Following on from my first blog about the film ‘State of Play’ based on South Korean pro gamers playing Star Craft, I have done some research into certain thoughts and epiphany which I observed whilst viewing the film.
The first point I broke down through research was; “Korean culture is very minimalistic players don’t own many possessions and sleep on thin mats instead of in beds – this was very interesting to note”. Research revealed that Koreans spend a lot of time cleaning their floors due to the lifestyle centred on the floor. Dining tables are normally very low to the ground as dinner is usually eaten on the floor. Even today, most people sleep on the floor (Lee 2016).
My second point which I researched into focused on players living together. “Professional players live together in a house with up to 14 players under the one roof. Is this to reinforce teamwork or for economic needs (cheaper?)”. Bago (2016) explains the reasoning behind the gaming house in his article. ‘The roots of the gaming house began as a money-saving measure for players to pursue competitive gaming opportunities in the cost-prohibitive city of Seoul.’
I also researched further into players practising 10-12 hours a day on Star Craft. As a sports player the idea that players train that long on their chosen game struck me as over training and I thought injury would surely occur. “Players train 10-12 hours a day on Star Craft which is an insane amount of screen time surely headaches and RSI play a part in the long term?” Jacobs (2015) looked into two Korean players training schedule. He found that Chae “Piglet” Gwan-jin and Kim “Fenix” Jae-hun, are notorious for pushing the physical boundaries for how much a person can practice. They often sleep only four hours a night and practice between 12 and 14 hours per day.
In fact this point was more serious than I thought. Brautigam (2016) highlights that injuries in esports are nothing new. ‘Across games and nations, injuries have derailed the careers of pro-players for some time past’. He also states that the list of top-notch esports players suffering from injuries gets longer every year. One particular case is Lee “Flash” Young Ho, known to be one of the most dominant players in the history of StarCraft 2. He underwent surgery in 2011 to eradicate wrist problems, and was then forced to take a recovery break, including a stay at a sports rehabilitation facility. Young Ho stated “At the beginning, my arm was stiff and I was not able to hold my mouse. It even hurt me a little, but I am doing my hardest to recover,” (Young Ho cited in Brautigam 2016). Wrist injuries however are not the only common injury whilst playing Star Craft. Jung “Mvp” Jong Hyun, StarCraft 2’s third-highest earning player at that time also suffered from pains however in his neck that caused numbness in his shoulder and arms.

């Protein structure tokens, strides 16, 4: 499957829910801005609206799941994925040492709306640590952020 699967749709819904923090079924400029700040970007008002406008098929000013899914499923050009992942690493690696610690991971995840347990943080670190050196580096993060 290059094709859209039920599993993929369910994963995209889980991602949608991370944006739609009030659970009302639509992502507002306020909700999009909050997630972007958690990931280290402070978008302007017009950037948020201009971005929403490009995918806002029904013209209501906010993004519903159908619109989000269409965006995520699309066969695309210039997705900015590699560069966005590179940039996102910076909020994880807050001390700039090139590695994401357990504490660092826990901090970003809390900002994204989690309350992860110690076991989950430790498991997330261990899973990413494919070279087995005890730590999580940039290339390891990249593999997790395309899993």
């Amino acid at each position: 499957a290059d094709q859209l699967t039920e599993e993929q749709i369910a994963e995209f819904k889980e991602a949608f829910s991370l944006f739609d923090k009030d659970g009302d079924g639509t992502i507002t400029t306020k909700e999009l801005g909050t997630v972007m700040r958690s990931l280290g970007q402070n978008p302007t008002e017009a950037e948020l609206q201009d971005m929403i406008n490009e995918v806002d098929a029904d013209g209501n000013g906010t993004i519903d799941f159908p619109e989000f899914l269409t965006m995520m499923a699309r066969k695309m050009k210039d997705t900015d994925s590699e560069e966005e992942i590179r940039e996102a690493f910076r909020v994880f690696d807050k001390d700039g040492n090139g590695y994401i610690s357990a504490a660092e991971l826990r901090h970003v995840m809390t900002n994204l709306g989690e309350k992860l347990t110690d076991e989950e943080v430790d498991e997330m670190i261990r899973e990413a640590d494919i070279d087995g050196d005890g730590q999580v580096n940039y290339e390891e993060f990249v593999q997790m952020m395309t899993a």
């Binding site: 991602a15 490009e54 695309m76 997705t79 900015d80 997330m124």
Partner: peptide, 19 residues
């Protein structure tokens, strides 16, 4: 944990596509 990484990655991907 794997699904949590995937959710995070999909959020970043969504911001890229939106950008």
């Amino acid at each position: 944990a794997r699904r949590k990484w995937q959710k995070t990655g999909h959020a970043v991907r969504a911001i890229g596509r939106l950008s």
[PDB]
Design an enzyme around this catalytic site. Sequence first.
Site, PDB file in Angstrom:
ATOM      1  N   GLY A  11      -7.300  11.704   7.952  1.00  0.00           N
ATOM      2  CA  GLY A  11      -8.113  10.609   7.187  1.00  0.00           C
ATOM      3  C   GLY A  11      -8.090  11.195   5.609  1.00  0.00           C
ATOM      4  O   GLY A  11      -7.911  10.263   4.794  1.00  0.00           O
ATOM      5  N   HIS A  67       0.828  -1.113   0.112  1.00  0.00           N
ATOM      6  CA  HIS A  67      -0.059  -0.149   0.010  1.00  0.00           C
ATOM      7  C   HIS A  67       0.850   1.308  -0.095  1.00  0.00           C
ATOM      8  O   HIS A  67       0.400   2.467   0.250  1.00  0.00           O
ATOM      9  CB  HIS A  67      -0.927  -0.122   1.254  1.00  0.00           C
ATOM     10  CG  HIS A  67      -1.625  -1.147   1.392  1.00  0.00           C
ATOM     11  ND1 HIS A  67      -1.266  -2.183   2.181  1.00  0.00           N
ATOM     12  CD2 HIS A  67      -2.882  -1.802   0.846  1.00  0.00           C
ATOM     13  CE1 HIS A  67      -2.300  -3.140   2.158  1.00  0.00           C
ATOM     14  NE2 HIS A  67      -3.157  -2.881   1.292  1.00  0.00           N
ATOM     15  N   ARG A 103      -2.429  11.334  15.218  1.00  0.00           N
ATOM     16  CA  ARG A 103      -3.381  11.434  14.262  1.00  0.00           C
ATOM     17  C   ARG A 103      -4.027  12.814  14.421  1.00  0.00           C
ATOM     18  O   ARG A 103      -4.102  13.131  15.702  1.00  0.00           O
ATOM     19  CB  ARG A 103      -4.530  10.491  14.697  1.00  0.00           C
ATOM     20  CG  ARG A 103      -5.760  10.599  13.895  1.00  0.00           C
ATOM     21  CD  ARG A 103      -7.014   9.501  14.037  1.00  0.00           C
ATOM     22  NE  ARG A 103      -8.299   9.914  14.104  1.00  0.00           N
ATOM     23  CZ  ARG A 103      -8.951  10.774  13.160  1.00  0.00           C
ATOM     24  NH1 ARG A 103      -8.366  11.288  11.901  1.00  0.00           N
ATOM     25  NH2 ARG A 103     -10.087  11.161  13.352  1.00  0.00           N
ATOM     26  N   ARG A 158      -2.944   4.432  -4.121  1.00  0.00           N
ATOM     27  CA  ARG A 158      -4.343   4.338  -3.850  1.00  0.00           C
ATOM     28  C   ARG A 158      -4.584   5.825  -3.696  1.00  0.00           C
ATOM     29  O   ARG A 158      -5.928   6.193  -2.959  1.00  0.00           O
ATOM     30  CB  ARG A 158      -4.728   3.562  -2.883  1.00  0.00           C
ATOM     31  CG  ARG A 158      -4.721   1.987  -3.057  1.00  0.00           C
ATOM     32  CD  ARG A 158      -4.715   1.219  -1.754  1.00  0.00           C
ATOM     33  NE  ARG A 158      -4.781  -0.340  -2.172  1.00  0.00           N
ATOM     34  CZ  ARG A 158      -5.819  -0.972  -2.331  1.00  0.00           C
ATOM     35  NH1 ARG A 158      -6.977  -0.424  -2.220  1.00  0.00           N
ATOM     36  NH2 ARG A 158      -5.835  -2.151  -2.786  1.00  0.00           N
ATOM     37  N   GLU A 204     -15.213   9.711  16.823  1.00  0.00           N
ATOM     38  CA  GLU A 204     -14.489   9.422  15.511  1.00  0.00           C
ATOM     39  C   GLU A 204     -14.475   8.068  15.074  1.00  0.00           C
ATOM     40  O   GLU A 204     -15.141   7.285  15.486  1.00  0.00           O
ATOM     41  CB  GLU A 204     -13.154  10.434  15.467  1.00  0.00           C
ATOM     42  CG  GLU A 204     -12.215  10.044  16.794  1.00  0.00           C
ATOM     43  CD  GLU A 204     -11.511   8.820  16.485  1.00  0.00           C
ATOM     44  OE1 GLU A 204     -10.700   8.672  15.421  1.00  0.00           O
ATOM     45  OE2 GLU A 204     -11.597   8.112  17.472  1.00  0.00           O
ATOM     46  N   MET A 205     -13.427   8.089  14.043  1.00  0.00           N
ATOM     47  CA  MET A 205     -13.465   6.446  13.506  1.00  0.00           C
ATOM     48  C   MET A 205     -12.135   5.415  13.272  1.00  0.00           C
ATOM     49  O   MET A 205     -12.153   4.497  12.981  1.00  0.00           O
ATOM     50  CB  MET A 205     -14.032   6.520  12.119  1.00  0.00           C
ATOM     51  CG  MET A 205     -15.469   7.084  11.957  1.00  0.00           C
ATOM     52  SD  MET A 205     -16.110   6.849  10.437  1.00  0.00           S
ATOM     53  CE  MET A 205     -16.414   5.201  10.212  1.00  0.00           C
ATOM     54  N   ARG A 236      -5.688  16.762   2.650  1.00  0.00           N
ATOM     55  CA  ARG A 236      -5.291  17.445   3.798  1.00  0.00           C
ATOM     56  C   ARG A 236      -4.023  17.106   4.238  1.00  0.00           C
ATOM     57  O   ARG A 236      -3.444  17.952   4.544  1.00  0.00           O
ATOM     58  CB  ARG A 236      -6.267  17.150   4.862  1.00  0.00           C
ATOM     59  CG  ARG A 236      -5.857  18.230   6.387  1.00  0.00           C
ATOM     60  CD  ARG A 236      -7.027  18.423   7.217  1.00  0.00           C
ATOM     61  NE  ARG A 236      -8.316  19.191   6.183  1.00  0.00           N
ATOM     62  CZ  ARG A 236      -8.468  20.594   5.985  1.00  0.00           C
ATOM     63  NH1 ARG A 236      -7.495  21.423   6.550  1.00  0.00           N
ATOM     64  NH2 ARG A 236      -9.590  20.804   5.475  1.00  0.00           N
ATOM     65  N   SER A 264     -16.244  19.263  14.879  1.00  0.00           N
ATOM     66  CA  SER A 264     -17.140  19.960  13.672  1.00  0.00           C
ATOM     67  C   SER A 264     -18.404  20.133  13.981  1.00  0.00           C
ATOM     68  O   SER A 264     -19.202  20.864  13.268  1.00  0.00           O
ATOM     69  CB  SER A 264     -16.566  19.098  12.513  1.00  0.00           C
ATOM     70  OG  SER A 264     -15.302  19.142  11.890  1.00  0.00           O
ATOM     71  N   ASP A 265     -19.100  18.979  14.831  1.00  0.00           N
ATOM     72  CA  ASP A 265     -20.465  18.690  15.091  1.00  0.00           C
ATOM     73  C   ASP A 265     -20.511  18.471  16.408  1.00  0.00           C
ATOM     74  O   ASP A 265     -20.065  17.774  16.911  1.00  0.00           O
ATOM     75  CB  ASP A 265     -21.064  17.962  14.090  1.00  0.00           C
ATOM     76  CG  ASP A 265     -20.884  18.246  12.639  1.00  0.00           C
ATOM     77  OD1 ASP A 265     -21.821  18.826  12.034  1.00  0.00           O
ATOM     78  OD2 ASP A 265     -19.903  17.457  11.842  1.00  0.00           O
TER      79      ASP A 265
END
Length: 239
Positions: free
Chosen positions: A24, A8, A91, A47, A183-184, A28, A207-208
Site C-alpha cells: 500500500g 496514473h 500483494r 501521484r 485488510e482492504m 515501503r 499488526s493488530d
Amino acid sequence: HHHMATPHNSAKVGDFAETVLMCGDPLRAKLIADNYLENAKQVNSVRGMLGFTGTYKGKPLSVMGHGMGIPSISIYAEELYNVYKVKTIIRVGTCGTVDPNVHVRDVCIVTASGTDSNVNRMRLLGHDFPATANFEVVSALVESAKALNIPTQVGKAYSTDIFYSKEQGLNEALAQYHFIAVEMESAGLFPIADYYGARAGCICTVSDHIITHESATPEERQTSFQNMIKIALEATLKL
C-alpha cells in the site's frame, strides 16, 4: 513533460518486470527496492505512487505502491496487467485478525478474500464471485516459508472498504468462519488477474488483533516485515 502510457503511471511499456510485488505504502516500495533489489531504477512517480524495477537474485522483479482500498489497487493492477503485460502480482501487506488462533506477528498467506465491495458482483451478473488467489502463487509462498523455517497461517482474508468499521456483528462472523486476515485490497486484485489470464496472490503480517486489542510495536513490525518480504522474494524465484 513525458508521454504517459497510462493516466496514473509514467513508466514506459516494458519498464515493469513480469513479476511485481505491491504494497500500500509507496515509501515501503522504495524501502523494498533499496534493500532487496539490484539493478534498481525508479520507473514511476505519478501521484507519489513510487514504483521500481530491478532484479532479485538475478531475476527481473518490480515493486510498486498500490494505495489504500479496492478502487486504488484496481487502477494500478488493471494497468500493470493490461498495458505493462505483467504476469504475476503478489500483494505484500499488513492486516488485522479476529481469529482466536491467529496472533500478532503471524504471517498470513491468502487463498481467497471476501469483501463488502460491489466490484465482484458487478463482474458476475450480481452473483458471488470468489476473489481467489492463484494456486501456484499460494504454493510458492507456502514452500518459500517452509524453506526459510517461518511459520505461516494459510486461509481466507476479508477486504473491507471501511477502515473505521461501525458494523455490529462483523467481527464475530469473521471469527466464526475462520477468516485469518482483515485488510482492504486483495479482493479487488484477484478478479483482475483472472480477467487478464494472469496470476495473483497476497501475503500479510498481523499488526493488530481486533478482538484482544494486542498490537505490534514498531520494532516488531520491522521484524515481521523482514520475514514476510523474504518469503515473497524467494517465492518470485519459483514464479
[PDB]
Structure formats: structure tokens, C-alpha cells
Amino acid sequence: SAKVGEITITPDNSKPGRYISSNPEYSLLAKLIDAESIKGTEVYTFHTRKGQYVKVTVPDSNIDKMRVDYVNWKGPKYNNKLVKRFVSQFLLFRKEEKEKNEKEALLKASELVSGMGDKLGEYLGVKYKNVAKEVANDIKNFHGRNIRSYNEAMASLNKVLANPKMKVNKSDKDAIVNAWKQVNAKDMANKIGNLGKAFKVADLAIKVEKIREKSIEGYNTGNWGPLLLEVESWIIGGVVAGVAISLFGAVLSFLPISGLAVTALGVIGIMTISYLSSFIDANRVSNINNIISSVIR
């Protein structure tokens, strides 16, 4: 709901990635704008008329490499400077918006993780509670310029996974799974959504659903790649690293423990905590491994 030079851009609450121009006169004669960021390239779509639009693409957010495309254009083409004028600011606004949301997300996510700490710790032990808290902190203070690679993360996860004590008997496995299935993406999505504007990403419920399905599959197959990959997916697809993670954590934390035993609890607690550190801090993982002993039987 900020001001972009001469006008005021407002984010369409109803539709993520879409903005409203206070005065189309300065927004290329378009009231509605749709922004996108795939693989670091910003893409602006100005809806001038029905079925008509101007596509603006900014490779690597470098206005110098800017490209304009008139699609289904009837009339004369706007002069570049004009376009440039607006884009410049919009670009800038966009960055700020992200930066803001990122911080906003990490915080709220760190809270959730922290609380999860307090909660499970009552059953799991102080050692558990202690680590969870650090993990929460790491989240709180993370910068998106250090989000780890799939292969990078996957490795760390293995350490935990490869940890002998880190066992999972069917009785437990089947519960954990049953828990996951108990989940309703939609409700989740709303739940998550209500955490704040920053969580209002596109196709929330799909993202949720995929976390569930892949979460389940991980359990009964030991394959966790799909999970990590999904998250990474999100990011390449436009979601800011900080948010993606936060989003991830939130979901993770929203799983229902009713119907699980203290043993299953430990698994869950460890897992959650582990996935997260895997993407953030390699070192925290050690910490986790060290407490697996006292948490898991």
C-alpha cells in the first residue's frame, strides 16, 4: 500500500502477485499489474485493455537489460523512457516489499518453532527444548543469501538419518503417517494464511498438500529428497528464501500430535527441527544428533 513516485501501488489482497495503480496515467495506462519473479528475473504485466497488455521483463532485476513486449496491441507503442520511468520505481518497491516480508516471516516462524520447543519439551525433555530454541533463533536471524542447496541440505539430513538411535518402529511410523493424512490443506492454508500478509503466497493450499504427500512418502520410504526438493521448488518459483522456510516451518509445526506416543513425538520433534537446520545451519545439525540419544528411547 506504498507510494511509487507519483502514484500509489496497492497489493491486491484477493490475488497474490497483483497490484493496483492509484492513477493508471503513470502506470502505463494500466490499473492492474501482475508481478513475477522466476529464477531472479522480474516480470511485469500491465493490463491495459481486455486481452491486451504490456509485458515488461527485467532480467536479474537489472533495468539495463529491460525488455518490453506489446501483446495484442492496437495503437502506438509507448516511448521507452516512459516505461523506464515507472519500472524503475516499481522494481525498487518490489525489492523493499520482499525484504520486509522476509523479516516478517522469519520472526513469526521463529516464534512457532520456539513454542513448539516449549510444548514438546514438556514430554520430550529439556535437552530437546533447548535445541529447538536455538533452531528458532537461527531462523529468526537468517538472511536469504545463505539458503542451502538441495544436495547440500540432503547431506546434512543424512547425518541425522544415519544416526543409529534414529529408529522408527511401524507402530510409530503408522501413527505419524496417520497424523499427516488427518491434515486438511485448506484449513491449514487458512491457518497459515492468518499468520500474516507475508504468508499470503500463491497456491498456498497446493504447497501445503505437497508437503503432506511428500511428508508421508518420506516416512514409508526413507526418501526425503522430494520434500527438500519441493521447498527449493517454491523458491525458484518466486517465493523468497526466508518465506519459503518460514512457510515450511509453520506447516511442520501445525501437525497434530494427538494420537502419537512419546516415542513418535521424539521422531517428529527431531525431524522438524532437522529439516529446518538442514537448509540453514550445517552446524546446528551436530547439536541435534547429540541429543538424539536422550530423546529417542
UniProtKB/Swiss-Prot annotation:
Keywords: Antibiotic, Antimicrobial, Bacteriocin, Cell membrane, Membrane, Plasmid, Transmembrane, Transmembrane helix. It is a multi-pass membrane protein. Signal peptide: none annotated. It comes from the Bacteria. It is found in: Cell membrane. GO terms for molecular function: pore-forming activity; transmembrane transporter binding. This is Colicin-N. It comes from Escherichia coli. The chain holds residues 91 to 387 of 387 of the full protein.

If I were to review the film again I believe I would have a different perspective on the points mentioned above. Specifically the rigorous training schedule which results in lack of sleep. Initially I thought the gamers were just lazy, with poor sleeping scheduled and even stereotyped the pro players as “nerdy gamers”, however the research changed this perspective because I now understand the level at which these pro gamers compete at and their goals to be dominant in their sport. After this research I believe that my approach to e sports has changed and I will be taking on board the information learnt through my research when analysing similar texts in any future experiences.
Jacobs H., “Here’s the crazy training schedule of young guys who make huge salary playing video games”, Business Insider, accessed Friday 19th August 2016, <http://www.businessinsider.com.au/pro-gamers-explain-the-insane-training-regimen-they-use-to-stay-on-top-2015-5?r=US&IR=T>
Bago J., “Dispelling the Myth of the Korean Gaming House: What Lessons the Philippine eSports Industry Can Learn From Our Korean”, esports inquirer, accessed Friday 19th August 2016, <http://esports.inquirer.net/13920/dispelling-the-myth-of-the-korean-gaming-house-what-lessons-the-philippine-esports-industry-can-learn-from-our-korean-overlords>
Lee K., 2016, “20 Cultural Mistakes to Avoid in Korea”, Seoulistic, accessed Friday 19th August 2016, <http://seoulistic.com/korean-culture/20-cultural-mistakes-to-avoid-in-korea/>
Brautigam T., “Esports needs to face its injury problem”, esportsobserver, accessed Friday 19th August 2016, <http://esportsobserver.com/esports-needs-face-injury-problem/>